Cardinal Dulles on Theistic Evolution and Darwinism


#1

New article in First Things (Oct 2007)

God and Evolution by Avery Cardinal Dulles

Excerpts: Theistic evolutionism, like classical Darwinism, refrains from asserting any divine intervention in the process of evolution. It concedes that the emergence of living bodies, including the human, can be accounted for on the empirical level by random mutations and survival of the fittest.

But theistic evolutionism rejects the atheistic conclusions of Dawkins and his cohorts. The physical sciences, it maintains, are not the sole acceptable source of truth and certitude. Science has a real though limited competence. It can tell us a great deal about the processes that can be observed or controlled by the senses and by instruments, but it has no way of answering deeper questions involving reality as a whole. Far from being able to replace religion, it cannot begin to tell us what brought the world into existence, nor why the world exists, nor what our ultimate destiny is, nor how we should act in order to be the kind of persons we ought to be.

Good stuff! :thumbsup: He addresses some of the more recent evangelist atheists and their books. Not in too much detail, but at least he is familiar with them.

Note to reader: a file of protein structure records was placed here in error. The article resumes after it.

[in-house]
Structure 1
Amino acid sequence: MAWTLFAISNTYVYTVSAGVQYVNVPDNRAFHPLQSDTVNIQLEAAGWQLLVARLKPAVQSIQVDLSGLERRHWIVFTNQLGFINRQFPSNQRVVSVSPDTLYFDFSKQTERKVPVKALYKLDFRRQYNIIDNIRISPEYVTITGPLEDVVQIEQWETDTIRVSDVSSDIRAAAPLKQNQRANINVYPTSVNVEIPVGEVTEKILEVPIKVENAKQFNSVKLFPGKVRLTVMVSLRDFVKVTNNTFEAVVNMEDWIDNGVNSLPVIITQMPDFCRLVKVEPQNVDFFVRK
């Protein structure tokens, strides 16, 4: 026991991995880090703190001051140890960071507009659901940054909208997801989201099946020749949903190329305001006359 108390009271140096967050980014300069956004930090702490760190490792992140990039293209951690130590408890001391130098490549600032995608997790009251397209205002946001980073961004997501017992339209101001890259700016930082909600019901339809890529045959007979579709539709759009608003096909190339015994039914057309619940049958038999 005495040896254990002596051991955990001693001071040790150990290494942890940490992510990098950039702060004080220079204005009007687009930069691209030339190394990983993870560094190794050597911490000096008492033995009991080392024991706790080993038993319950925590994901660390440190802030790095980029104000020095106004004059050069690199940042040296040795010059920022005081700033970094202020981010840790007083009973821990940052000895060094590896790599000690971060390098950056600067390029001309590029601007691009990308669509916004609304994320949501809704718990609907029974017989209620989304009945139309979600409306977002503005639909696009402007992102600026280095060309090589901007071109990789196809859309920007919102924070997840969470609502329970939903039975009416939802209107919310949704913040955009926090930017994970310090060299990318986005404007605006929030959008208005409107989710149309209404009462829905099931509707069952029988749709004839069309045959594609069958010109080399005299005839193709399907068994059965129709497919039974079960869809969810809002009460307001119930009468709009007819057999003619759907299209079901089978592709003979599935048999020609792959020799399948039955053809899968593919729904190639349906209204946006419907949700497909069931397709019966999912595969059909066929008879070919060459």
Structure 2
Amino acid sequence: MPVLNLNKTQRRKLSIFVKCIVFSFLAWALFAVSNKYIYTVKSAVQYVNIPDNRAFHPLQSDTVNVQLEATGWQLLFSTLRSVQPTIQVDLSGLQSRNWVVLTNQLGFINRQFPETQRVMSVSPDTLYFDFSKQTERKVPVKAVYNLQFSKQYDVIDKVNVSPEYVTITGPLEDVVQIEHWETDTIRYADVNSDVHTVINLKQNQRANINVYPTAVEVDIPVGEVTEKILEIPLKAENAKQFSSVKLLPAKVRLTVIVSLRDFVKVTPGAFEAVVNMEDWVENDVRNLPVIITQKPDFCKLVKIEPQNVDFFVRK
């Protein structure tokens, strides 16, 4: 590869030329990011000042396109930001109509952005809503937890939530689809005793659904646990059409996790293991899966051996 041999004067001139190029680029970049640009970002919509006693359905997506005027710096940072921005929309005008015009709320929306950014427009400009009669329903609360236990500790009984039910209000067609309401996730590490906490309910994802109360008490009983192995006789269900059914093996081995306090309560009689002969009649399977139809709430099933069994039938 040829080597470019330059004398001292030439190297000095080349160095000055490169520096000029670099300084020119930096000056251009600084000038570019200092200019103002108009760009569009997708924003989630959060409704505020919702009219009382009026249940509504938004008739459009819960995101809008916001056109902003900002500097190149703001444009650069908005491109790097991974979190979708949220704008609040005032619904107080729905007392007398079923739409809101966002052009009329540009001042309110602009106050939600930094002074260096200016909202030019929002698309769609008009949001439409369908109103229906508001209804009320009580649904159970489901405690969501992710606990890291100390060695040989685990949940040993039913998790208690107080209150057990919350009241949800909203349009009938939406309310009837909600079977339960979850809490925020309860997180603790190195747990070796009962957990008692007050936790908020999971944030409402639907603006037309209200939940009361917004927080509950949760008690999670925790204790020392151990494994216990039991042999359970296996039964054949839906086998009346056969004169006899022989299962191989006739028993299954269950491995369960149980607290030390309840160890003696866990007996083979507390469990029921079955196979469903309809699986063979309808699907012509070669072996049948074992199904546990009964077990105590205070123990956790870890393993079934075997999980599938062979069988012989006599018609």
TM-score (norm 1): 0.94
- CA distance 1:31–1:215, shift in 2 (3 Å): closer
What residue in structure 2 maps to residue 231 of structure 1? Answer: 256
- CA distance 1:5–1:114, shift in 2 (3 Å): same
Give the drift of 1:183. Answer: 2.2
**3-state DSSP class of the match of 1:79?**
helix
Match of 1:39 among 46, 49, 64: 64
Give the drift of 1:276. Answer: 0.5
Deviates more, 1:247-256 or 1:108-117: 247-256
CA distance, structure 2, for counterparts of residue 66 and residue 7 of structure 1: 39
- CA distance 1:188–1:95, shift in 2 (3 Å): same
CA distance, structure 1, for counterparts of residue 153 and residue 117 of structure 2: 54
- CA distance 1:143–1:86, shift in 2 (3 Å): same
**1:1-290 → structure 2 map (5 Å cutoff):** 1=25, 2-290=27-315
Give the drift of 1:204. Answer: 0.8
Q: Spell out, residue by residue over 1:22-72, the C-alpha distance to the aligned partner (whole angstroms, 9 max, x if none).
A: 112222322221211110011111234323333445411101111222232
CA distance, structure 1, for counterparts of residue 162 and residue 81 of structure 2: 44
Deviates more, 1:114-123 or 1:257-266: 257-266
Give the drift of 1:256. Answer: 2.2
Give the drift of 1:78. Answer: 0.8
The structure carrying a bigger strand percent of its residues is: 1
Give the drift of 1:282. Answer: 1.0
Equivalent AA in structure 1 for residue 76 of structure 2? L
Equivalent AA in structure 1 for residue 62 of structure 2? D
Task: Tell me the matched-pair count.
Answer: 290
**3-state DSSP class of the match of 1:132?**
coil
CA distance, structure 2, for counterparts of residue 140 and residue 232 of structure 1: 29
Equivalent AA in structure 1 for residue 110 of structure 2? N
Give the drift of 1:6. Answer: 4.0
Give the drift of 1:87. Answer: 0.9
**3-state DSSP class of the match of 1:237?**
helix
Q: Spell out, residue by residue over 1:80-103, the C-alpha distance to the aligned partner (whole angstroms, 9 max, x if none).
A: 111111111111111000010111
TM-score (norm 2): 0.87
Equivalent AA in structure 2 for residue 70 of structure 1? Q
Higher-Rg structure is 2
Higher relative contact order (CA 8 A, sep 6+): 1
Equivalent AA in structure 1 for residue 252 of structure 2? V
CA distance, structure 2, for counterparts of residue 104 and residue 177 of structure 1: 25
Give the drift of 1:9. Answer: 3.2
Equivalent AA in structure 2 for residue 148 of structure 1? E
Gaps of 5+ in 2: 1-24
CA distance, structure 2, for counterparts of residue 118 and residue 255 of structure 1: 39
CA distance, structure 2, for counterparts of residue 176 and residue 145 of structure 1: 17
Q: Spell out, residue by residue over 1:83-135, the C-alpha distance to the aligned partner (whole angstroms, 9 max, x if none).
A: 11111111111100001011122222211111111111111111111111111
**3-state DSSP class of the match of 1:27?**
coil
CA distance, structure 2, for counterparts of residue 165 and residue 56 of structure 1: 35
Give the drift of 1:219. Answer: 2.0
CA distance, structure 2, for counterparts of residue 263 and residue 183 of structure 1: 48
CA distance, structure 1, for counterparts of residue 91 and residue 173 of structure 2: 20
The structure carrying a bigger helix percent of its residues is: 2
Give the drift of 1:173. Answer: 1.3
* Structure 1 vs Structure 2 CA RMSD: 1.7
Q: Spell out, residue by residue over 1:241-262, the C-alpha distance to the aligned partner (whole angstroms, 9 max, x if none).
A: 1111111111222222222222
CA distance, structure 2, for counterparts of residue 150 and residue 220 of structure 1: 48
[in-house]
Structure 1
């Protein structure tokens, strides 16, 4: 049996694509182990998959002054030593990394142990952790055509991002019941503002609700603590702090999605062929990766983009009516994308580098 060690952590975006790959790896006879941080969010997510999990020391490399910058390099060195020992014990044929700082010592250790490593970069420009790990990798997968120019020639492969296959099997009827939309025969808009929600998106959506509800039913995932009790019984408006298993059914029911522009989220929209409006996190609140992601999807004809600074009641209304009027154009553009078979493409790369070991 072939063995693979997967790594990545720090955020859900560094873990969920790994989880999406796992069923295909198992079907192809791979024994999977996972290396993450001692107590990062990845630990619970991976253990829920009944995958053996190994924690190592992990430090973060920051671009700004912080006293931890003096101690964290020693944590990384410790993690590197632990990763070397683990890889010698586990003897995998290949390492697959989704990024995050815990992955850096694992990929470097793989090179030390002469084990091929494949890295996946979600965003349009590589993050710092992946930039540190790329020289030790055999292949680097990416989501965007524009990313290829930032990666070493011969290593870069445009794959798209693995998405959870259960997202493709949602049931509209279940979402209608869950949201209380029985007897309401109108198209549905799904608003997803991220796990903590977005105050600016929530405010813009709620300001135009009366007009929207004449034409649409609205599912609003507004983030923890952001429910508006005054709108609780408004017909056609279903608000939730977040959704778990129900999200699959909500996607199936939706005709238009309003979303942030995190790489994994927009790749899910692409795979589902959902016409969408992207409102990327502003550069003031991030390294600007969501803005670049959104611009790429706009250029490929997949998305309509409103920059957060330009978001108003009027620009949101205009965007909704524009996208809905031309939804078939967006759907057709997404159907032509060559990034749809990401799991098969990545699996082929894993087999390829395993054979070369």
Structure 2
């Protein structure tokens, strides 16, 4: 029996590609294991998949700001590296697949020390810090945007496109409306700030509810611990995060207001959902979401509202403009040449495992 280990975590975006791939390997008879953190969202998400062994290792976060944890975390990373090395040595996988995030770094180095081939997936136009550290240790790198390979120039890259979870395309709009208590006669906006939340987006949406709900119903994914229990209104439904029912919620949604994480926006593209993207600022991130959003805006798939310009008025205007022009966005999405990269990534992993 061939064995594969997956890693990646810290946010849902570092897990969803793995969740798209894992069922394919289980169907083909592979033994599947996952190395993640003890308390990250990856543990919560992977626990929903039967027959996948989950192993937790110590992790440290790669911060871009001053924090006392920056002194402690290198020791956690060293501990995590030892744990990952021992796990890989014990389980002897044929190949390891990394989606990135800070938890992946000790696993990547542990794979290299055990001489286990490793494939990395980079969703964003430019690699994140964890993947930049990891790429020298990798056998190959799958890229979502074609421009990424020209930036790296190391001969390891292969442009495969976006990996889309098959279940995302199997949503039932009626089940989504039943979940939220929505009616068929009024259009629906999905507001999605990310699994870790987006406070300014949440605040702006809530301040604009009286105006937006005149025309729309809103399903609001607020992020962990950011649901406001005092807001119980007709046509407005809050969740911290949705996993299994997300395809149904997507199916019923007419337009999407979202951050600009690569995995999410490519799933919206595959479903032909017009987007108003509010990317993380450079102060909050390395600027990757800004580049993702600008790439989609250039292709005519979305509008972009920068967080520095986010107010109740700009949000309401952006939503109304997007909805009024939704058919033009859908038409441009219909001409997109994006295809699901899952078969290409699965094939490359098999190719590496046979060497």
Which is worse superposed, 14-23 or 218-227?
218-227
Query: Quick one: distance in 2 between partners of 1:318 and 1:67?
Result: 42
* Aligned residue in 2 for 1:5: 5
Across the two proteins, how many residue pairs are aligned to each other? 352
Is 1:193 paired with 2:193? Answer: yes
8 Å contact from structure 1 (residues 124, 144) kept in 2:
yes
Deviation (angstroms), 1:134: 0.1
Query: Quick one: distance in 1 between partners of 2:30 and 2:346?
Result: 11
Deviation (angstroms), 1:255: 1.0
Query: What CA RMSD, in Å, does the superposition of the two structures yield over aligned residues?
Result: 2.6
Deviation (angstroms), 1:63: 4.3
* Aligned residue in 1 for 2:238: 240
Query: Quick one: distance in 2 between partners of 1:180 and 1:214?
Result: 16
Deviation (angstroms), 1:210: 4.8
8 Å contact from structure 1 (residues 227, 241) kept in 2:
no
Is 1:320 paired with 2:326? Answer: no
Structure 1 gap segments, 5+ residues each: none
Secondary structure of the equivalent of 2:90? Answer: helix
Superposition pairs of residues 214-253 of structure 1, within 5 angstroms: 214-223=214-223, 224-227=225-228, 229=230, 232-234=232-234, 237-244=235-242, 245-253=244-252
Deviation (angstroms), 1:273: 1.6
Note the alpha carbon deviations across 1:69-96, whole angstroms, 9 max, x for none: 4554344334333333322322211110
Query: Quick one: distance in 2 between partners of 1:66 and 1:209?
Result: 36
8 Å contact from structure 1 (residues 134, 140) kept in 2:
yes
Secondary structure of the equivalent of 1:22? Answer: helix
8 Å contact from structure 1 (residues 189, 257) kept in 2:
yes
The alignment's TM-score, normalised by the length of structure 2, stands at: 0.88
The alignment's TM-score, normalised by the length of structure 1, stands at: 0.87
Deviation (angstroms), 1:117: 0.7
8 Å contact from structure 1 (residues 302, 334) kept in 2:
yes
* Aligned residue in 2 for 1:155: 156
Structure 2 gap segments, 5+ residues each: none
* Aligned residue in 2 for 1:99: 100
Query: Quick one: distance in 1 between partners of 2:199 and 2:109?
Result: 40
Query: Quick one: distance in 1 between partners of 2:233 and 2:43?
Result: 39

Phil P


#2

The Cardinal has correctly outlined the current views of evolution. Here, and elsewhere, there is too much of a tendency to remove God from His creation or give Him only a token role. The goal is clear: Science becomes the only source of knowledge and God is rejected.

Whatever evidence there may be for some kind of evolution, the entire picture must include God.

Thank you for posting that.

God bless,
Ed


#3

Phil, since you are the resident expert on these matters, I was recommended a book entitled Darwin’s Black Box. Is it worth the time to read?


#4

tdg << I was recommended a book entitled Darwin’s Black Box. Is it worth the time to read? >>

Probably, maybe once. It was all the rage 10 years ago when it came out, but has since been pretty well thrashed. I would read the book once, and then read the direct and cross-exam (days 10,11,12) that Behe went through at the 2005 Dover Trial which is online at TalkOrigins and elsewhere. It covers his main examples of “irreducible complexity” and debunks them.

What Behe has admitted and agrees with in this book and other books and debates is that the earth and universe are very old, common descent or macroevolution is true, that we evolved from ape-like ancestors, Darwin’s natural selection explains many things (see Darwin’s Black Box, page 5), and that Darwinism – like that accepted by most biologists, such as his main opponent, Ken Miller of Brown Univ – is compatible with Catholicism (Uncommon Dissent, page 143-144).